Biometeorology undergoes renaissance in Philadelphia

Concern about effect of global warming on mortality fuels change

July 07, 2002|By Anthony R. Wood | Anthony R. Wood,KNIGHT RIDDER/TRIBUNE

PHILADELHIA - Joseph Hollander's Climatron looked like a contraption from a bad horror movie. And to the suffering subjects he locked inside in the early 1960s, it probably felt like one.

The University of Pennsylvania physician was an arthritis expert of international renown. But he also was a proponent of an ancient, oddball science called biometeorology, which held that weather was a prime determinant of health.

In the most ambitious effort ever to prove it, he built an airtight, two-room chamber in the hospital and sent patients into it for two weeks at a stretch. Setting dials as big as dinner plates, he made the humidity, temperature and barometric pressure soar and drop, inflicting varying degrees of pain on the volunteers - and, to his satisfaction at least, affirming his thesis.

When he presented his findings 40 years ago in June, the medical world was abuzz, but only briefly. Climatron was dismantled. Hollander retired. And his legacy was left to legions of elderly aunts who consult their aching knees to predict rain.

Hollander, not to mention Aunt Martha, would love what's happening now: Biometeorology is back. While there is no lack of nonbelievers to dismiss most of it as hot air, it is attracting adherents in some surprisingly serious circles worldwide.

The renaissance has been inspired in part by global warming and concerns about its potential effect on human mortality. Would a warmer Earth be kinder to the body or deadlier?

No one knows, yet. But biometeorology's disciples are confident enough of other weather-health connections to try to make use of them.

Hospital alert system

Britain's national meteorological office has instituted a hospital-alert system using weather forecasts to warn of influxes of patients with particular maladies. Falling temperatures, for instance, supposedly trigger more heart attacks and respiratory infections.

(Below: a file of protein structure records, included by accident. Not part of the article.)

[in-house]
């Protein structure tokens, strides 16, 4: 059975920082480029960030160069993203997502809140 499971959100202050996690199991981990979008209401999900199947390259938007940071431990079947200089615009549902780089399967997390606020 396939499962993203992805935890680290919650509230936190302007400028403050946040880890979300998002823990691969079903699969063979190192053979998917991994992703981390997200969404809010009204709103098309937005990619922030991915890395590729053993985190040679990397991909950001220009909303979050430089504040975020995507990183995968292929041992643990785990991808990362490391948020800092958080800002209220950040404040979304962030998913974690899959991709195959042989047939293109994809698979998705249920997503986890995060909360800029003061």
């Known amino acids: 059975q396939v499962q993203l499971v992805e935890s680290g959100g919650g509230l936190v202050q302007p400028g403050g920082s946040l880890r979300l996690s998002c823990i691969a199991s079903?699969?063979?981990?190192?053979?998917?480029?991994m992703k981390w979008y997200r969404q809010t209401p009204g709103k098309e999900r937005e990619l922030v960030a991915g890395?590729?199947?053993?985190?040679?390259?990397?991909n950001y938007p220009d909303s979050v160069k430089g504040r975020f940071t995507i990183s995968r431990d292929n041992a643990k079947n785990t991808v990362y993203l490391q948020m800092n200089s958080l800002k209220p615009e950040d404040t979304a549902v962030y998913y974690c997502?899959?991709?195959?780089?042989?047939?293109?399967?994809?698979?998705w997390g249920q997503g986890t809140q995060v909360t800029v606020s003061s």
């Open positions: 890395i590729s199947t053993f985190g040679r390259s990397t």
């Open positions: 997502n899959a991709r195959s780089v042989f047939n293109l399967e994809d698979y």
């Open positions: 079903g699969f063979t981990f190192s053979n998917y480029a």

During the Christmas holidays last year, according to the physician who runs the program, one hospital that heeded the forecast saved $1 million on staffing and other costs when the usual wave of respiratory ailments never materialized.

Germany's weather service contributes to daily public advisories for 50 afflictions thought to be affected by atmospheric activity, from allergies to strokes and psychoses. High humidity in the Schwarzwald? Beware of migraines.

"The Europeans are ahead of us," said Robert Davis, chairman of the American Meteorological Society's biometeorology committee, which first convened in the 1960s. Biometeorology may be less daring in America, but it is nonetheless alive and reasonably well - appropriately, in the cradle of Climatron.

Asthma warnings

This fall in Philadelphia, the federal Environmental Protection Agency will begin testing the nation's first asthma-warning system based on weather forecasts. The alerts will be issued 48 hours in advance.

Asthma attacks soar in late September. Some studies link them to arriving cold fronts, whose air-pressure and temperature changes might stress the body. One hypothesis holds that attacks are set off by indoor heating systems kicking in.

With summer just under way, the Philadelphia area also is the testing ground for a user-friendly heat-discomfort index, a collaboration of the National Weather Service and the University of Delaware. The index - scaled 1 to 10, from delightful to brutal - is computed from such factors as temperature and the air's sogginess.

There are other signs of biometeorology's resurgence in the United States. The International Society of Biometeorology, a 46-year-old Australia-based group, will hold its 16th International Congress in the heartland, Kansas City, Mo., this fall. More than 200 researchers have asked to present papers.

Board official Laurence Kalkstein, a University of Delaware climatologist, has been taken aback by the response. "There is no doubt that there is a growing awareness about biometeorology," he said. "It's definitely in a waxing situation."

Through much of human history, biometeorology was in a "waxing situation."

In 2650 B.C., the Chinese Emperor Hwang Ti - allegedly the first to observe that the heart is a pump - stated that hot weather strengthened the heart, while cold weather weakened the lungs. More than two millennia later, Hippocrates, the father of medicine, advised that doctors who wanted to know their patients had better know weather.

The notion was thriving even two millennia after that. The 18th-century physician and patriot Benjamin Rush prepared a report on the effects of weather on disease in Pennsylvania.

"Great and sudden changes may be considered the principle causes of the diseases of this state," he said. In summer, he warned, Pennsylvanians should watch out for colic, diarrhea and cholera.

With the advent of the microscope and advances in germ theory in the mid-19th century, the discipline faded into the background of medical research.

Some scientists wish it had stayed there.

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